The new transport agenda – the new normal

The Covid-19 pandemic has had terrible consequences, for people and the economy. We may have a vaccine soon but and the crisis is far from over and more restrictions and adaptation seem inevitable. How will this impact decarbonisation of transport?

The pandemic has changed the transport realities, perhaps irreversibly. Now, more than at any stage in my lifetime, the UK has the best chance of fundamentally changing transport for the better. This could deliver for people, for business and the planet.

Promoting active travel is now a genuine priority for governments and city mayors in many parts of the world. In the UK, it was important before the pandemic but now there is a health imperative, strong government support and unprecedented public appetite for change. We have had these strategies before, usually launched by a junior transport minister, but the DfT describe Gear Change as the PM's walking and cycling strategy. It has been backed by £2bn and new powers for local authorities. PACTS firmly supports these moves. Reducing road danger is integral to achieving more active travel; and pedestrians and cyclists are rarely a danger to others.

Home working has become the norm for many people and a return to mass daily commuting looks unlikely, with potential long-term savings in carbon, casualties and congestion.

For different (political) reasons, there is government enthusiasm for buses, not always a Conservative priority. A better deal for bus users was published before lockdown. The Williams Review, though somewhat overtaken by Covid, provides an evidence base for structural change in rail.

But not all is going well. Road traffic has returned to pre-lockdown levels, despite shrinkage in the economy. High levels of road traffic work against the objectives of more active travel, cleaner air, safer roads, reduced congestion and, of course, decarbonisation.

Carbon from road transport has been rising in recent years and a viable public transport service is vital to reducing car reliance and carbon emissions. Public transport patronage remains low, partly because the public are wary and confused about the Covid risks. The government may have withdrawn its earlier advice to avoid public transport but much more consistency and clarity is needed. If we have to live with Covid for some time, as seems likely, it is vital that the risks be properly assessed and communicated. RSSB has undertaken detailed work to assess the Covid risk from rail travel. The conclusion is that the risk is relatively low, and reduced further through the cleaning, social distancing and face covering requirements. The bus industry has also conducted research, with similar conclusions. Unfortunately, there does not appear to be any official assessment and public uncertainty remains.

Public health experts and government ministers have said that the true measure of how well the UK copes with the pandemic is the number of excess deaths from all causes. We all remember the recent Save the NHS slogan. The 1,800 road deaths and 30,000 serious injuries place substantial pressure on NHS services. PACTS has written the Transport Secretary, urging that the risks of road casualties be considered alongside the Covid risk. RSSB shows that the risk of death to the individual from travel by road is greater than the Covid risk on rail. If the danger to other road users is factored in, the total risk increases substantially; and if the switch is to travel by car, it works against decarbonisation.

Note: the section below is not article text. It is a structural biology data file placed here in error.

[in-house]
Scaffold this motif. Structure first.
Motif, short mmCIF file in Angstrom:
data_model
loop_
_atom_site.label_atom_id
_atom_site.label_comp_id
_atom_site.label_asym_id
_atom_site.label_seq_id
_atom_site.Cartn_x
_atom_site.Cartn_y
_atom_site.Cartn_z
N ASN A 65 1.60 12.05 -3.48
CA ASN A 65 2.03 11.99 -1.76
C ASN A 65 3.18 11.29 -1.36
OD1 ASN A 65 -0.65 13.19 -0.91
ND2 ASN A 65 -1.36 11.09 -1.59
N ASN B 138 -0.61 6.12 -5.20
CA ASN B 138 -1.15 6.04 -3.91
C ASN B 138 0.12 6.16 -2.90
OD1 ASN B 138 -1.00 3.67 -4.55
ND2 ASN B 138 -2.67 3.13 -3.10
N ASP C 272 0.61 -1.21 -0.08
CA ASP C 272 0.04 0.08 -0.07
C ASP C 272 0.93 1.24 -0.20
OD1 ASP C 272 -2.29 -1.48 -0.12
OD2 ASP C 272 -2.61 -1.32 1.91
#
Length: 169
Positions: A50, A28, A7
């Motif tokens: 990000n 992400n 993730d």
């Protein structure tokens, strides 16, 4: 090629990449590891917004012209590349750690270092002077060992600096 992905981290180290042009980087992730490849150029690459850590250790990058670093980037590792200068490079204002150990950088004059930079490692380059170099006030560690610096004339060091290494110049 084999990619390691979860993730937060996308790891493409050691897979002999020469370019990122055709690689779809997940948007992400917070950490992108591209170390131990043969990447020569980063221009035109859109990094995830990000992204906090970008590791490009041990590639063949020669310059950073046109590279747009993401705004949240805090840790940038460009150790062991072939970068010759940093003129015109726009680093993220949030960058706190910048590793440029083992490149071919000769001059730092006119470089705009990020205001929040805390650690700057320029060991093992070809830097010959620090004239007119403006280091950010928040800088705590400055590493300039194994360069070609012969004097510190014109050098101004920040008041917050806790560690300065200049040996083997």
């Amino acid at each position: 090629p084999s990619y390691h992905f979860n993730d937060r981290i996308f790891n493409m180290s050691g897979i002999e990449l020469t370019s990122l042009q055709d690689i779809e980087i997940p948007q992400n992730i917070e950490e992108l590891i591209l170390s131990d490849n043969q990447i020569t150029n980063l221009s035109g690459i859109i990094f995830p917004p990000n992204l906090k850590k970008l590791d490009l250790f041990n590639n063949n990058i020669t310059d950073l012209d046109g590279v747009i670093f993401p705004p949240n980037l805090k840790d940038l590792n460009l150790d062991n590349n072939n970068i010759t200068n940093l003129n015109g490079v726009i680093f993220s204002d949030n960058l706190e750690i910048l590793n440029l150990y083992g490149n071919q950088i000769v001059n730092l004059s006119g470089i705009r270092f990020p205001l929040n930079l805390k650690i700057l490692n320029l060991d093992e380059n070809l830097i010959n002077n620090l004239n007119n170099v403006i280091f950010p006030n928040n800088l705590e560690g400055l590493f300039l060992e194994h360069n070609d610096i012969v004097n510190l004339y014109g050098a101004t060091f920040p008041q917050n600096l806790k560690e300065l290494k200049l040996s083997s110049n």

Here again, there may be opportunities. The government has been forced to step in to support public transport. The rail franchising system is over; bus services now require higher levels of public subsidy; and even the normally profitable London tube is running at a deficit. This is a government which would prefer to let the market lead and has no intention of excluding the private sector but finds itself forced to take a dirigiste role. This gives it unprecedented opportunity for reorganisation and redesign.

Years of evidence in transport planning makes it abundantly clear that providing alternatives to the car is not enough to reduce or even to manage demand for car use. It takes sticks as well as carrots.

The TfL budget crisis and apparent government demand that the congestion charge area be expanded, might deliver what years of plenty have not. It has proved virtually impossible for any elected body to introduce congestion charging. The current Prime Minister when London mayor reversed the congestion charge western extension. Yet if it was forced on the current London mayor and sensibly designed it could bring multiple benefits, including decarbonation and a new financial model which would be impossible to achieve in any other way. The mayor's transport strategy sets ambitious targets for traffic reduction: a congestion charge would deliver them better than any other available strategy.

When Covid-19 is defeated, the climate imperative will come to the fore. David Attenborough's recent BBC programmes on extinction and climate change have shocked us all and reinforced determination. The new transport agenda will become the new normal and decarbonisation of transport will be essential. There is already some backlash and we need to get this right. This is the best opportunity we have ever had and the stakes are too high to fail.

David  Davies is Executive Director of PACTS


This blog was also published by Greener Journeys as part of the Decarbonising Transport Series

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